Carbon to Nitrogen Compost Calculator: Create the Perfect Compost Pile

Do you want to create a perfect compost pile? Well, according to the USDA, the ideal carbon to nitrogen rate for optimal microbial action in a compost pile is between 20:1 and 40:1, with 24:1 being the absolute sweet spot.

So, you can either build a pile and hope for the best… or, you can use our compost calculator to help make sure your compost pile has good carbon to nitrogen ratios.

We've compiled the following list of carbon to nitrogen ration for compost materials from every reliable resource we could find. Now, those ratios are based on averages and actual C:N may vary a bit, however, these will still give you a really good idea of how much carbon to nitrogen you are putting in your pile.

How to Use the Compost Calculator

Using the calculator is very easy. You need to fill in how many “parts” of each compost ingredient you are planning to add to your pile. Then, scroll to the bottom to see if your ingredients add up to the ideal carbon to nitrogen ratio of between 20 to 40 to 1.

If they do, you can go and make your compost pile! If they don't, then add more parts of browns or greens, as needed, to get your compost pile recipe just right.

What is a “Part”?

A part can be any unit of measure that is useful to you. The key is to use the same measure of a part for every ingredient you put in your pile. For example, on the homestead 5-gallon buckets, wheelbarrows, or recycled feed sacks full of stuff are often used as a part.

Let's say you have a few 5-gallon buckets of kitchen scraps as your nitrogen heavy ingredient (often called greens). If you plan to use straw which is carbon heavy (often called brown) to get the right C:N, then you'll want to eye-ball and decide how much straw you need to make a similar sized ‘part' as a 5-gallon bucket.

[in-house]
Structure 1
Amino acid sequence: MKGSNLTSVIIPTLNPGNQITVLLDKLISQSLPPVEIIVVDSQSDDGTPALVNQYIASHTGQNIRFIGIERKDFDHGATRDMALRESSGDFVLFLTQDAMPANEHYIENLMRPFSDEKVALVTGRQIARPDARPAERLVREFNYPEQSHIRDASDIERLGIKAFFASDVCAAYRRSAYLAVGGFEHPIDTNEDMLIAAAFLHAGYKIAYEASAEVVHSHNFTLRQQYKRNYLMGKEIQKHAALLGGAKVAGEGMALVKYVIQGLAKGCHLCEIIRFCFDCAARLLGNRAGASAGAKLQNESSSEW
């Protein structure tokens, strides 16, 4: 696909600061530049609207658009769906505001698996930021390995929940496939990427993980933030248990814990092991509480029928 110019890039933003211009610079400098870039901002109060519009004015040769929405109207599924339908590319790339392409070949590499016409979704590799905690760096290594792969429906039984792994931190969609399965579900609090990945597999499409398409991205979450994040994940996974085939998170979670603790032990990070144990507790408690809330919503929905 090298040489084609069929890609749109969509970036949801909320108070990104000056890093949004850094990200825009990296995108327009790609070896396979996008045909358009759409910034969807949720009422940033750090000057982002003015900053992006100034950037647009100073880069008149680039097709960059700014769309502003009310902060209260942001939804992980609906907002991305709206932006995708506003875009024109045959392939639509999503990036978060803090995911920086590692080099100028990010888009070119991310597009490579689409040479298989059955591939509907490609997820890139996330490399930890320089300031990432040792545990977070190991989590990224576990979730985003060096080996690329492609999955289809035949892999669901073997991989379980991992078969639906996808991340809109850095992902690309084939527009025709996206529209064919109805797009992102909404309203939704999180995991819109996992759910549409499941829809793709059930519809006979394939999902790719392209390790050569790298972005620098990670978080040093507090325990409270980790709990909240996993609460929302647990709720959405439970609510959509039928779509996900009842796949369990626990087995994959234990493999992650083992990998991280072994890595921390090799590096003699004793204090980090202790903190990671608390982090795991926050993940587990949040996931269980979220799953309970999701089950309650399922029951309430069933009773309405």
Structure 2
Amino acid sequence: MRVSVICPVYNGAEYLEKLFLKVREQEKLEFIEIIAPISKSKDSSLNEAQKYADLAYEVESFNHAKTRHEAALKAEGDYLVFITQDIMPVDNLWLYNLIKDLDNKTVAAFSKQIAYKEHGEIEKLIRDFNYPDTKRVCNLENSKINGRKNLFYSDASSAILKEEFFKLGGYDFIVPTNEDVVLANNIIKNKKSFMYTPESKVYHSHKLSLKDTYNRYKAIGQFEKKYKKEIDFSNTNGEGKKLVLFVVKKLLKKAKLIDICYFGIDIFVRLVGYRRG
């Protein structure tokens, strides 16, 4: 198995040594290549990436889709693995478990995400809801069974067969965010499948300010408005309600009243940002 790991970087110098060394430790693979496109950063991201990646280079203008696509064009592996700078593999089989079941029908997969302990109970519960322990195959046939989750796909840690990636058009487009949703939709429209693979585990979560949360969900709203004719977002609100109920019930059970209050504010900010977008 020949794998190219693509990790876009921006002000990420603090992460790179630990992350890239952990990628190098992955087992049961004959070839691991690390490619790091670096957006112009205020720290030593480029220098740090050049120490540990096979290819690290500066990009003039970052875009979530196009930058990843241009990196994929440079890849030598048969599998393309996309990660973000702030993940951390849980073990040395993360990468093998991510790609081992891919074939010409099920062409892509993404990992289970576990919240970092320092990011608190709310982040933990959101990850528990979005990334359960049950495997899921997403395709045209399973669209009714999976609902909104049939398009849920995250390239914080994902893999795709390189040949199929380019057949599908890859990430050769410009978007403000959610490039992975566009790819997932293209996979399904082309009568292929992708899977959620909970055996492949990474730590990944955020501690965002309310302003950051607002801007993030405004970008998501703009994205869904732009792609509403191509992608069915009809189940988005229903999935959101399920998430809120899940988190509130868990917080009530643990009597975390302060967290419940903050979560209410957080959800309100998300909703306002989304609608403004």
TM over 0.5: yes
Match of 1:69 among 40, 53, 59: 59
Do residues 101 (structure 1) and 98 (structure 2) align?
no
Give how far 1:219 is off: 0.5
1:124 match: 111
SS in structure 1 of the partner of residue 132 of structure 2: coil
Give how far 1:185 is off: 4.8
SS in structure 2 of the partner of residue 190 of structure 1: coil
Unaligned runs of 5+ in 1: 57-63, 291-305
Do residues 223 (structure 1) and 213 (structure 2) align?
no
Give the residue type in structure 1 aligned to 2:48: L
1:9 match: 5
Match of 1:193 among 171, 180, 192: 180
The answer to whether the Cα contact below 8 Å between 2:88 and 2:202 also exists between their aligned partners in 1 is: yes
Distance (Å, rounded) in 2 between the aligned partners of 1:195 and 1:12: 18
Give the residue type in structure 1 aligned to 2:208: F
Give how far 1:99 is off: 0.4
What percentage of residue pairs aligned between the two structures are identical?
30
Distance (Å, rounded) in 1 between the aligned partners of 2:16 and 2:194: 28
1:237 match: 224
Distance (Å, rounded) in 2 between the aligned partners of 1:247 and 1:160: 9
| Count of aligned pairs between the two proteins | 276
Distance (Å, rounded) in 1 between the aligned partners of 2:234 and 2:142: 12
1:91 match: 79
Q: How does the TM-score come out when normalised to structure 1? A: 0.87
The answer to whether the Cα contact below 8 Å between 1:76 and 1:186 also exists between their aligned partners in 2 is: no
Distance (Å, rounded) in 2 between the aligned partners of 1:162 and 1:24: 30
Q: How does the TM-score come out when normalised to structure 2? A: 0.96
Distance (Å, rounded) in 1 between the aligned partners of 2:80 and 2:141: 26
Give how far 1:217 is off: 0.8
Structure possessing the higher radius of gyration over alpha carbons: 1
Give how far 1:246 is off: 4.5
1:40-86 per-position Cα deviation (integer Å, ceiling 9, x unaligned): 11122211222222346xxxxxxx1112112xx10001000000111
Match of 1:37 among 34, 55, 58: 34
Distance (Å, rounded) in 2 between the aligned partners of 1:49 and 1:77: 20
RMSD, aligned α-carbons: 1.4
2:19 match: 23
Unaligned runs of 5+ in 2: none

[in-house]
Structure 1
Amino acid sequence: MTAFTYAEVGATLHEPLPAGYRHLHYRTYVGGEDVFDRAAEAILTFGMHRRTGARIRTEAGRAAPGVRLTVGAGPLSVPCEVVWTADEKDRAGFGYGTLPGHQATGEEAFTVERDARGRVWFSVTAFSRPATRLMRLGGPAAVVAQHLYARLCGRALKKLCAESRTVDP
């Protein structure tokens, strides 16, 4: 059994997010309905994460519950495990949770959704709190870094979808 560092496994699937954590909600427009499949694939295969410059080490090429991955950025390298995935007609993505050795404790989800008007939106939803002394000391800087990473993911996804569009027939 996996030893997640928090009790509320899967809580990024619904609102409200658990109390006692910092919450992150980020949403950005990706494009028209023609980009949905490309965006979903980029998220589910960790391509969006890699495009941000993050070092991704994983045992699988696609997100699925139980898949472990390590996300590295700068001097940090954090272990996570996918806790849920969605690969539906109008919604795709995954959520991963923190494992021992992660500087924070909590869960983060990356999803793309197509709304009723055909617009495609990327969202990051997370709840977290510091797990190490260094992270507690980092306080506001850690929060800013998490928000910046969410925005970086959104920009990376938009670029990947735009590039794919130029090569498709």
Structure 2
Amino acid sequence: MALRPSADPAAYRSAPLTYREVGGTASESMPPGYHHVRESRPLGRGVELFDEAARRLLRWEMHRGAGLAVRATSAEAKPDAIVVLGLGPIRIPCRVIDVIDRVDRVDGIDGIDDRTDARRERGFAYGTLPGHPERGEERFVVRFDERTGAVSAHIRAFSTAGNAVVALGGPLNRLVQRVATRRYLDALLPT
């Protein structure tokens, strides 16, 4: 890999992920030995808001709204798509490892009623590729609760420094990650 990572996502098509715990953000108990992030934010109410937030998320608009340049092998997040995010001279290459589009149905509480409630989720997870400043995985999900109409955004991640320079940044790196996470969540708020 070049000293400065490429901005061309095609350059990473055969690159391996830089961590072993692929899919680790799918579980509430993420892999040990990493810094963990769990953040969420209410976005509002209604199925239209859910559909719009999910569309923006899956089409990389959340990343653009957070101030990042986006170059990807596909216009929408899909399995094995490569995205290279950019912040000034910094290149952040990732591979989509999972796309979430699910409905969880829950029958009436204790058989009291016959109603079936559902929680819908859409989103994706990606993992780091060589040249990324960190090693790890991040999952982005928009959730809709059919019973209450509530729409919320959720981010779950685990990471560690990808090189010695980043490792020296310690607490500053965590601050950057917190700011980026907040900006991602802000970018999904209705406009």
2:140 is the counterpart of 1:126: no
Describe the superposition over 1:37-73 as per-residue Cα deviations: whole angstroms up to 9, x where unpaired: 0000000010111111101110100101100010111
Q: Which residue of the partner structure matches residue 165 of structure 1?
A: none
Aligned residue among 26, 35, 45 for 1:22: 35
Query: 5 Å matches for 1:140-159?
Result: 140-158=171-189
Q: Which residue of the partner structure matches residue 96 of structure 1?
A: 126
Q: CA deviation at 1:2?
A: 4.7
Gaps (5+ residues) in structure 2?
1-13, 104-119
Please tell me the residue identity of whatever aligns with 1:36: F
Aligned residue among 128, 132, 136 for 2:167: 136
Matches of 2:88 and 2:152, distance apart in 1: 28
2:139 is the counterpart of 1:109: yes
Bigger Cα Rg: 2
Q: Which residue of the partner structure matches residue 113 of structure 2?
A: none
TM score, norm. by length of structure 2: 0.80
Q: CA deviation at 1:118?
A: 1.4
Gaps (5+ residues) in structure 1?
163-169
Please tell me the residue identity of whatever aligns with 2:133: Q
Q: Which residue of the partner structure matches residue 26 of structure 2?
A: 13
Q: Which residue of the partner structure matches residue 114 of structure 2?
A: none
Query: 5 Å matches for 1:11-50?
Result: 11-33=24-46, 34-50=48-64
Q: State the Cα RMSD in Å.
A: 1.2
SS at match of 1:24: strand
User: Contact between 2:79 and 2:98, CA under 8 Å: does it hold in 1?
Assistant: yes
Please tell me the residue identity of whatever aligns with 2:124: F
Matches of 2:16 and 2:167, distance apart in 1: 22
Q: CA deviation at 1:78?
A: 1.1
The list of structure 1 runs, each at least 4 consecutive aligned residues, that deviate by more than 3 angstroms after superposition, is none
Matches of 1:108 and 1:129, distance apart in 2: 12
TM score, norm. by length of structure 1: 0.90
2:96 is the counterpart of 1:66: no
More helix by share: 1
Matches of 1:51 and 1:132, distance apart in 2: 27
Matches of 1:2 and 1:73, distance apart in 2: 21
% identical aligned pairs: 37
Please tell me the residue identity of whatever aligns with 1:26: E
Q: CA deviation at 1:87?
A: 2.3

This does require some imagination because kitchen scraps are heavy and moist. So, they squish down quite a bit. Straw, of course, is light and airy and doesn't compress so much. Likely, you'll want to err on the side of imagining an over-stuffed bucket of straw to make it similar to a more compressed bucket of kitchen scraps.

Since these ratios are averages and you can be between 20-40 on the carbon and still get good results, chances are you'll guestimate your parts just fine for good compost.

What About Using Weights?

You can also use weights. However, much of the weight difference in composting ingredients comes from water. Food wastes and many manures have lots of water in them. Dried leaves, straw, and paper have very little water in them.

If you want to work with weights, then you need to get the moisture level in your different compost ingredients to be about equal. That may require wetting browns and straining greens.

Or, you can weigh a small sample of your greens, dry it out, and weigh it again. Divide the ending weight by the original weight (e.g., 10 pounds wet, 1 pound dry is 1 lb. / 10 lb. = 0.10 lb.) Then, weigh your total greens, multiply them by your earlier results (e.g., 100 pounds wet x 0.10 = 10 pounds), and use the calculated figure as your number of parts for the calculator.

Browns that are totally dry, can be weighed as is. That total weight becomes your parts for entry into the calculator.

Things to Remember About Compost Piles

Compost calculatorCompost calculator

The real key to our compost calculator – whether you use weights or other units of measure like buckets and wheelbarrows – is to convert your various compost materials into some unit of measure that lets you compare apples to apples.

Don't worry! After making a few good compost piles, you'll get really good at this skill.

Also, your pile needs to end up at about 60% moisture. While kitchen scraps may already have a C:N of 20:1 and might technically be in the microbial sweet zone, they are also about 85-90% moisture.

So, you'll usually need to mix browns in with your kitchen scraps too. The browns will absorb the extra moisture and keep the air flowing, so your pile doesn't become anaerobic and stinky!